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Accepting the clearly predatory lusts of protagonist Lester has always been an issue, but the events of 2017 seemed to solidify the film as not much more than a dodgy relic. Actor Anthony Rapp, inspired by the growing Me Too movement, claimed in an interview with BuzzFeed that Spacey made sexual advances towards him when Rapp was just fourteen. Numerous other people came forward with similar stories, most of them teenagers at the time, which showed a clear pattern of predatory behaviour from Spacey and sent another huge ripple through the ocean of stories of sexual assault and abuse by high-powered Hollywood figures.

After this horrifying development in the ongoing reevaluation of American Beauty, people couldn’t help but notice the irony and similarities between Spacey and his character in the film, Lester Burnham. This inevitably added another veneer of uncomfortable creepiness to the film, knowing that Spacey preys on young people in real life; especially as Lester is afforded so much sympathy.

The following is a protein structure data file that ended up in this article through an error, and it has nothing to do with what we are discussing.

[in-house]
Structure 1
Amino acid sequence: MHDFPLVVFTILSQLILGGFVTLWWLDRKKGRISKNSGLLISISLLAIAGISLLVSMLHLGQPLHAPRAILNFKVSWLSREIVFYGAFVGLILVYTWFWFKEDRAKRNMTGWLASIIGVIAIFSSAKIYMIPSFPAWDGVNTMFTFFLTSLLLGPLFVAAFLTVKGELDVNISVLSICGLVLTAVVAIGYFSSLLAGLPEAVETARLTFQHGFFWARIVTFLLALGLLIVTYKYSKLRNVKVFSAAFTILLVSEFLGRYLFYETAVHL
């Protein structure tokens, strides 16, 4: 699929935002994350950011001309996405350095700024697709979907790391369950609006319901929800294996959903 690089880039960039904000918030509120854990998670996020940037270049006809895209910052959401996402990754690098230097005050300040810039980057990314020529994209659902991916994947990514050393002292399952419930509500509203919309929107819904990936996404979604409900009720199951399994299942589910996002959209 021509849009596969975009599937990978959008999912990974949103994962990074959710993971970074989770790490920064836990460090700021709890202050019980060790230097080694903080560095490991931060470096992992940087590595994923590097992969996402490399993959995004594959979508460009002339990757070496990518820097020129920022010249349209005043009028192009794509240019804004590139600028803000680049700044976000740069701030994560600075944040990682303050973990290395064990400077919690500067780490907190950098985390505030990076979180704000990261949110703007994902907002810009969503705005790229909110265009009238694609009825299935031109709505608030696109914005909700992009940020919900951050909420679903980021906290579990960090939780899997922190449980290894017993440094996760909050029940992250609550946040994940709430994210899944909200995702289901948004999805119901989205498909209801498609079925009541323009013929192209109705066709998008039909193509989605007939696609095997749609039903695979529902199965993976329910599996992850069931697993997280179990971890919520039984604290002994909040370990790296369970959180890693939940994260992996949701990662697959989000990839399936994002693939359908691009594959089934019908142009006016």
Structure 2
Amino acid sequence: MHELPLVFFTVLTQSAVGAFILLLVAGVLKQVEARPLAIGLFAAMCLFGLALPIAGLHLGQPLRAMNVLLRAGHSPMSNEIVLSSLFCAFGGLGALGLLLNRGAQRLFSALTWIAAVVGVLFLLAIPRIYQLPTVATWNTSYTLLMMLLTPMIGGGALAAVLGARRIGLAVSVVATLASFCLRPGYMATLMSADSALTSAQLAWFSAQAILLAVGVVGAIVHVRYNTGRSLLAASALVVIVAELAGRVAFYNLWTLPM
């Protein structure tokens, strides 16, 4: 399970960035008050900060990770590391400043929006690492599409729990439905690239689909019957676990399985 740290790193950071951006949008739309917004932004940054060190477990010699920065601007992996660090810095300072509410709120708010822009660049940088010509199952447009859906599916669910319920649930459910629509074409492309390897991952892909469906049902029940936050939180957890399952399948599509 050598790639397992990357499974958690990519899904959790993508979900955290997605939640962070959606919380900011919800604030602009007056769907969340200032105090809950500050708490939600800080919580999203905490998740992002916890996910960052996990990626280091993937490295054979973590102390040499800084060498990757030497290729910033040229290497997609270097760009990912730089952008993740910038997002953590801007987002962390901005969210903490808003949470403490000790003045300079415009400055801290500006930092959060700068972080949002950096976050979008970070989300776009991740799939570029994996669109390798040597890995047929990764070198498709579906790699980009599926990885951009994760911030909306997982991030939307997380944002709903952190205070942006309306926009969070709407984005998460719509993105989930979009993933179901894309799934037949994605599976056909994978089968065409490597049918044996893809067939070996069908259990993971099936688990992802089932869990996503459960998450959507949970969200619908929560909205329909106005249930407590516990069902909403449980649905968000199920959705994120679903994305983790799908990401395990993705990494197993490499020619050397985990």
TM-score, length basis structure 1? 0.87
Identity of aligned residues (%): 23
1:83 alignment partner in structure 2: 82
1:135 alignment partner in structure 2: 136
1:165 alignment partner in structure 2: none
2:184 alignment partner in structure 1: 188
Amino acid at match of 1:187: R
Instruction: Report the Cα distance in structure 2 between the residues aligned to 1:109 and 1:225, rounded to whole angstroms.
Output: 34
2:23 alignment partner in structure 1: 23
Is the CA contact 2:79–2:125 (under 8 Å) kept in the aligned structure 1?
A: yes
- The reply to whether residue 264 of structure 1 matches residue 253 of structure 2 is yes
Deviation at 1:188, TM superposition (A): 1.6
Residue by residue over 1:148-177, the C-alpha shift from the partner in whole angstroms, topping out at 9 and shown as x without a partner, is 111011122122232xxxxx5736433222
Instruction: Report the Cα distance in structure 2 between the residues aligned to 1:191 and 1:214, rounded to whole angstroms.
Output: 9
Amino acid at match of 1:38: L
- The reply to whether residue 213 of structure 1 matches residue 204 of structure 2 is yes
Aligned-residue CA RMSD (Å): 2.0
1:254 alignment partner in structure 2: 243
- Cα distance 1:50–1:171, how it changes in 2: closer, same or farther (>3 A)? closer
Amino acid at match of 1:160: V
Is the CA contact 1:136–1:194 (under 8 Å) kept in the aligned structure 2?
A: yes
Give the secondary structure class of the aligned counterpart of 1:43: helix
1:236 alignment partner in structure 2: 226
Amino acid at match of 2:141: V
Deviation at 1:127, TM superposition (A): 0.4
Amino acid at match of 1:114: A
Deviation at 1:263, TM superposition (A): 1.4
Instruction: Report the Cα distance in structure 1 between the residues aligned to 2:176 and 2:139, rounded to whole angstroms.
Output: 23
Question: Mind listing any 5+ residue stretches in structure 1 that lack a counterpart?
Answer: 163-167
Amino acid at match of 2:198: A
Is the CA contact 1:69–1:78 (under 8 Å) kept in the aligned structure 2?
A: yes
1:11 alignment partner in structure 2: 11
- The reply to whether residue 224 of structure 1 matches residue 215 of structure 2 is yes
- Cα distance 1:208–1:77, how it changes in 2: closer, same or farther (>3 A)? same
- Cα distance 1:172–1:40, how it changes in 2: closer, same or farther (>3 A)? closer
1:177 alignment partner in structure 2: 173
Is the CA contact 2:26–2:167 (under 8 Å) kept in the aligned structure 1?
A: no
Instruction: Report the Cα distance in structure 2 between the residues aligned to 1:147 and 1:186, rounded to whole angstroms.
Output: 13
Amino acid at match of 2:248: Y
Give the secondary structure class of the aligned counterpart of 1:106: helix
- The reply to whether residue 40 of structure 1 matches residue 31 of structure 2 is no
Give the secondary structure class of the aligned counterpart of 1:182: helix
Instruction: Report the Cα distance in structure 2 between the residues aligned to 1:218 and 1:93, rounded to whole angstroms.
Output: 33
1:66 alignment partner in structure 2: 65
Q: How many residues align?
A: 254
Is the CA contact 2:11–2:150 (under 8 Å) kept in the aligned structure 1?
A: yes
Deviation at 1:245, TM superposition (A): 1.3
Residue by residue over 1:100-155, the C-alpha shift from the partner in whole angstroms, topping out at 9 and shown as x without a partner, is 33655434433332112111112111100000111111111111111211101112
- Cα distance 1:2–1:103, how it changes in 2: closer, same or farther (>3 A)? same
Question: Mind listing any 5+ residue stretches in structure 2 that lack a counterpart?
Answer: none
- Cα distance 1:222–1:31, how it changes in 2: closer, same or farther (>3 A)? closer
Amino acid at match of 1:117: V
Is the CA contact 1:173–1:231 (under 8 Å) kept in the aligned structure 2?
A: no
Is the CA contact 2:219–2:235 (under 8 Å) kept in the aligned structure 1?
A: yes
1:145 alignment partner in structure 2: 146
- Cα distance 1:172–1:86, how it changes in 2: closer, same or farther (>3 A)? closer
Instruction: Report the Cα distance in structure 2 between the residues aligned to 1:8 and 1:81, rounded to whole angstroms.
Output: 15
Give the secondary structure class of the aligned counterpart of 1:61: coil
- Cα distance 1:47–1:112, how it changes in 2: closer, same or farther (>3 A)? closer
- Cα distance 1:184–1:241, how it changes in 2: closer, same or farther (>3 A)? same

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There was a wave of morally ambiguous, likeable, but definitely ‘bad’ anti-hero protagonists in the 1990s but Lester doesn’t fit into this archetype. Lester is a terrible, selfish and un-likeable person who we are blatantly told to feel sorry for. The script isn’t strong enough to craft a multi-faceted and conflicted man. He is an American man at the turn of the century who is taking back control of his life and his masculinity, at the expense of his horrible wife and his terrible daughter. Lester is afforded the sympathy that many of the other characters, —especially the women— aren’t given even an ounce of. And he dies a hero, after he turned down the teenager he’s spent the whole film lusting after because she’s a virgin; in a moment of supposed enlightenment. He’s the victim that we pity, that dies while finally realising the beauty of his mundane life and after ruining the lives of the women around him. He’s the straight, middle-aged, middle-class man who is the only one whose anger and disillusionment is ever explained or justified.